Over the years, Floyd Mayweather Jr has won and lost millions gambling.
Some fighters smile when they are hurt in the ring, a defence mechanism designed to convey comfort under pressure.
If Ricky Burns can hold on to his WBO lightweight title when he meets the IBF champion Miguel Vazquez next month, the Scot could be a couple of arguments over money away from sharing a ring with Adrien Broner.
The seemingly ageless promoter Bob Arum has a new challenge: persuading the similarly clock-defying Floyd Mayweather Jr to fight Juan Manuel Márquez and the Mexican's newly humbled foe, Manny Pacquiao, in 2013. Early signs are that he may just do it.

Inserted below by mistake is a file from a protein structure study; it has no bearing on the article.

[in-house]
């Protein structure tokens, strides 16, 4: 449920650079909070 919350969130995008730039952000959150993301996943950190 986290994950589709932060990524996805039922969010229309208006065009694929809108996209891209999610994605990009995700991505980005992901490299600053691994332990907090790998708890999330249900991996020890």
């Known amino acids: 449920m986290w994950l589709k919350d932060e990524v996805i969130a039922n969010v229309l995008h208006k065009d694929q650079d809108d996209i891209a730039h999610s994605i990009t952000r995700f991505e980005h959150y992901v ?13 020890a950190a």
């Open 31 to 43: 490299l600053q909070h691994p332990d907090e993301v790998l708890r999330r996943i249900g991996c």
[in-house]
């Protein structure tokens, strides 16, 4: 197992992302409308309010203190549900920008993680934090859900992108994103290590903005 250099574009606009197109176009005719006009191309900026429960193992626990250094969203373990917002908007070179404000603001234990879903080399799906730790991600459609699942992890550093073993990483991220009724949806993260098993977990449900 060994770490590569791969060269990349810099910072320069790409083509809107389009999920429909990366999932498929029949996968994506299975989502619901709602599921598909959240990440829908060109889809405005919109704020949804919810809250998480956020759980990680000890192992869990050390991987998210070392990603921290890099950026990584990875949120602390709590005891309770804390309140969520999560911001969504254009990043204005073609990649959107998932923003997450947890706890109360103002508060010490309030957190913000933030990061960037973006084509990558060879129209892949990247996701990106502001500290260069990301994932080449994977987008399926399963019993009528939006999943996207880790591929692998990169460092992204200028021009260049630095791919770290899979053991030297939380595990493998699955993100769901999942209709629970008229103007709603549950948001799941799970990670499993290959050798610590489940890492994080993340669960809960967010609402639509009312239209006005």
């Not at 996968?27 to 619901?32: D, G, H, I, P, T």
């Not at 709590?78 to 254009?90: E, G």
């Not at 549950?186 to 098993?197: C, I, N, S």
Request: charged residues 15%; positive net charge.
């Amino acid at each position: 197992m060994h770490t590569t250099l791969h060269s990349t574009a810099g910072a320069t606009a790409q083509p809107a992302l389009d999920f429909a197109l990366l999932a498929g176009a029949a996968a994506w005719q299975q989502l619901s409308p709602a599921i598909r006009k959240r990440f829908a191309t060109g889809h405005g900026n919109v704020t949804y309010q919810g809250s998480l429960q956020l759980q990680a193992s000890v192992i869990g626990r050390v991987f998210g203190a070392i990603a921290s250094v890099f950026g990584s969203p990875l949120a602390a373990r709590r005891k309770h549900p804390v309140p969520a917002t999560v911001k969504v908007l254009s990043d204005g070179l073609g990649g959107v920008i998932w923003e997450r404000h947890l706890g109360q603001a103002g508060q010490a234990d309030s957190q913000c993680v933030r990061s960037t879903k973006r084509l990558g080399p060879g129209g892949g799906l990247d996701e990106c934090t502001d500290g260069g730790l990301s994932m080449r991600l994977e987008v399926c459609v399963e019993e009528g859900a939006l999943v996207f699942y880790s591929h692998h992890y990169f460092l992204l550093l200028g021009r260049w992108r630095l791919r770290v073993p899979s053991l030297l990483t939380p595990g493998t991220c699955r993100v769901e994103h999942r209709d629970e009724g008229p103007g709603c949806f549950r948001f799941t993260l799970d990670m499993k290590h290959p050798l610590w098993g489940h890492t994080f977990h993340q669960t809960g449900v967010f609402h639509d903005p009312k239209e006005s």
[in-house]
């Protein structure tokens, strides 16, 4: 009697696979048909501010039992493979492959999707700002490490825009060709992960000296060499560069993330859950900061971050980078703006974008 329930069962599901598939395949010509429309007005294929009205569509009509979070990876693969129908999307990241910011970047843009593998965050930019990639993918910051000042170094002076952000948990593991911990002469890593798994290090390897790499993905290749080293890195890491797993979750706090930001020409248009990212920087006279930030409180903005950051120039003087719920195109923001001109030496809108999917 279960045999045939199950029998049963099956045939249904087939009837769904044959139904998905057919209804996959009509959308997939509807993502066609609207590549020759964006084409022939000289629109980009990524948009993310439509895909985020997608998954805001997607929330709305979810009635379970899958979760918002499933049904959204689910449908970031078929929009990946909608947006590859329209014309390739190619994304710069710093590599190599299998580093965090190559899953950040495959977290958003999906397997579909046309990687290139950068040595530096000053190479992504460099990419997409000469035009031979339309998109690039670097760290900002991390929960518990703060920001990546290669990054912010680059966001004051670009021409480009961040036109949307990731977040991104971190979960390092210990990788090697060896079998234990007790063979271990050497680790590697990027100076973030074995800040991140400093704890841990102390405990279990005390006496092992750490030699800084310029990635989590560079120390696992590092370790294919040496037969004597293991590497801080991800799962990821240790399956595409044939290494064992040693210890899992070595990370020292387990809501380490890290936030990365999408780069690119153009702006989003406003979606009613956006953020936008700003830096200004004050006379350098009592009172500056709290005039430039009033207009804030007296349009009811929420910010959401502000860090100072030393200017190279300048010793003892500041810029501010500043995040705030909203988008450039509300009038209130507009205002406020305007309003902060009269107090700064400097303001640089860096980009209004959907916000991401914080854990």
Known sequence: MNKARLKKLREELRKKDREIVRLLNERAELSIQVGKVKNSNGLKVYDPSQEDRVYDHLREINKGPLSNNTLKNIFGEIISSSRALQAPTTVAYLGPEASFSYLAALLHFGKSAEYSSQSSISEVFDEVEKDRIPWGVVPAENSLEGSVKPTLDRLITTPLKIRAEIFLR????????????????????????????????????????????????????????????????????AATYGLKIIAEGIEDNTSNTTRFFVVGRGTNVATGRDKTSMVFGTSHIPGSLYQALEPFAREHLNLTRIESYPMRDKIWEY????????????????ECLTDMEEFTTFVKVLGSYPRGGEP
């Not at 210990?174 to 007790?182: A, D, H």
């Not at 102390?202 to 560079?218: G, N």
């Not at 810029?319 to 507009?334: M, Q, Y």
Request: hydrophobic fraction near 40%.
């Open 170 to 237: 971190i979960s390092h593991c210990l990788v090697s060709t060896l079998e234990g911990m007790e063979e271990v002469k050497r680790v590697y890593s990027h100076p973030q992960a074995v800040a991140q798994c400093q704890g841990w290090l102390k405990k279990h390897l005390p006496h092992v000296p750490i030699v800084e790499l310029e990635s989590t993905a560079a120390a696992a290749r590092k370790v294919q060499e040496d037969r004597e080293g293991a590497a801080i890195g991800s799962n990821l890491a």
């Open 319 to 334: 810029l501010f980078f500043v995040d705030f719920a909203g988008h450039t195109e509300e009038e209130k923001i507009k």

It looked like the end, but, this being boxing, it could just be the start of something new: for Manny Pacquiao, even though devastatingly knocked out, for Juan Manuel Márquez, who destroyed him in front of a disbelieving audience at the MGM Grand, and for the man who is never far from the epicentre of the business, Floyd Mayweather Jnr.
Will the top two names in boxing ever get it on? Ross Bellamy discusses why it needs to happen now more than ever before.
Floyd Mayweather might finally have bridged the gap between his powerful imagination and the actuality of superstardom.